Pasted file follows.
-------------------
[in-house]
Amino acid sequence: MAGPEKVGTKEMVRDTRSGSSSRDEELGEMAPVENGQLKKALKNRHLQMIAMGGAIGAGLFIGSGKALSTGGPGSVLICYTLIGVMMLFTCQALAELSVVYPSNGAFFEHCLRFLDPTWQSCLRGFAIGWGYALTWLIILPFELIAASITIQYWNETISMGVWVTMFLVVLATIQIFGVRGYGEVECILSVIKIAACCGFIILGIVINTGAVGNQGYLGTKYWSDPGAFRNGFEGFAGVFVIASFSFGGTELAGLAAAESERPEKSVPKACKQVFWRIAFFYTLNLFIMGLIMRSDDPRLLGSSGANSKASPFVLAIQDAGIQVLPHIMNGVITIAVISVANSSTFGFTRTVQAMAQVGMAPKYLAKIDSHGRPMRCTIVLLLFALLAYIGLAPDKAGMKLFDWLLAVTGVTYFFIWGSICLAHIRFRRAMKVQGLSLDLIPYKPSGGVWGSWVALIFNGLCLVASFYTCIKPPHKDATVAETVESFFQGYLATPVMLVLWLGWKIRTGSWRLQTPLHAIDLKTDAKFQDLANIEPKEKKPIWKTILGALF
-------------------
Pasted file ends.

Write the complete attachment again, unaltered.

[in-house]
Amino acid sequence: MAGPEKVGTKEMVRDTRSGSSSRDEELGEMAPVENGQLKKALKNRHLQMIAMGGAIGAGLFIGSGKALSTGGPGSVLICYTLIGVMMLFTCQALAELSVVYPSNGAFFEHCLRFLDPTWQSCLRGFAIGWGYALTWLIILPFELIAASITIQYWNETISMGVWVTMFLVVLATIQIFGVRGYGEVECILSVIKIAACCGFIILGIVINTGAVGNQGYLGTKYWSDPGAFRNGFEGFAGVFVIASFSFGGTELAGLAAAESERPEKSVPKACKQVFWRIAFFYTLNLFIMGLIMRSDDPRLLGSSGANSKASPFVLAIQDAGIQVLPHIMNGVITIAVISVANSSTFGFTRTVQAMAQVGMAPKYLAKIDSHGRPMRCTIVLLLFALLAYIGLAPDKAGMKLFDWLLAVTGVTYFFIWGSICLAHIRFRRAMKVQGLSLDLIPYKPSGGVWGSWVALIFNGLCLVASFYTCIKPPHKDATVAETVESFFQGYLATPVMLVLWLGWKIRTGSWRLQTPLHAIDLKTDAKFQDLANIEPKEKKPIWKTILGALF